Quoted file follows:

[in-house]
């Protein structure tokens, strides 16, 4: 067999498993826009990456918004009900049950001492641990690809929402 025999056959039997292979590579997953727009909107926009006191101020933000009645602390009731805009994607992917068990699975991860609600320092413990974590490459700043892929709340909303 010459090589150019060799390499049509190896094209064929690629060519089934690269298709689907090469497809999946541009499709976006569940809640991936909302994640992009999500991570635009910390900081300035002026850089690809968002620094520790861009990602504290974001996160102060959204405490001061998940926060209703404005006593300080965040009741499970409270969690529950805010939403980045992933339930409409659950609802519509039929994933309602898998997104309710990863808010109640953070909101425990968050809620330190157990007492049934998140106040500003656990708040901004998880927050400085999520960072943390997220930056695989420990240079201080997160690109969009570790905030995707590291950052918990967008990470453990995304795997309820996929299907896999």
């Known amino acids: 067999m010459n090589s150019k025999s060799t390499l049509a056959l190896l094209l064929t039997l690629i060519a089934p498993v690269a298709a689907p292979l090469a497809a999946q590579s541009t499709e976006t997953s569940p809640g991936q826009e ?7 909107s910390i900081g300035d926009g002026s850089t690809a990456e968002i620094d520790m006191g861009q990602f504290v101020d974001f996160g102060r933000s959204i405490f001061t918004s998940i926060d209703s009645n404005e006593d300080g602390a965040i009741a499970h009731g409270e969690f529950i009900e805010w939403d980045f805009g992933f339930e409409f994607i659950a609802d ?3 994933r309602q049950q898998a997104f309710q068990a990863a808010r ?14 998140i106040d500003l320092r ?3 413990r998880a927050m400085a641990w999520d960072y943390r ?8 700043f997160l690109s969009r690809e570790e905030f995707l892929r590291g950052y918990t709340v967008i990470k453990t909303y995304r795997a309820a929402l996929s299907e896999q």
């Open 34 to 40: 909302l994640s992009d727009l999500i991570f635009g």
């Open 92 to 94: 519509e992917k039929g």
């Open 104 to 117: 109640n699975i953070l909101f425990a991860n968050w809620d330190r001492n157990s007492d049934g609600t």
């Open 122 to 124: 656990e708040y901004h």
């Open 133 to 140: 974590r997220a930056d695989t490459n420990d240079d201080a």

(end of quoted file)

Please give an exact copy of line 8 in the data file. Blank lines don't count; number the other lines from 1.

């Open 133 to 140: 974590r997220a930056d695989t490459n420990d240079d201080a």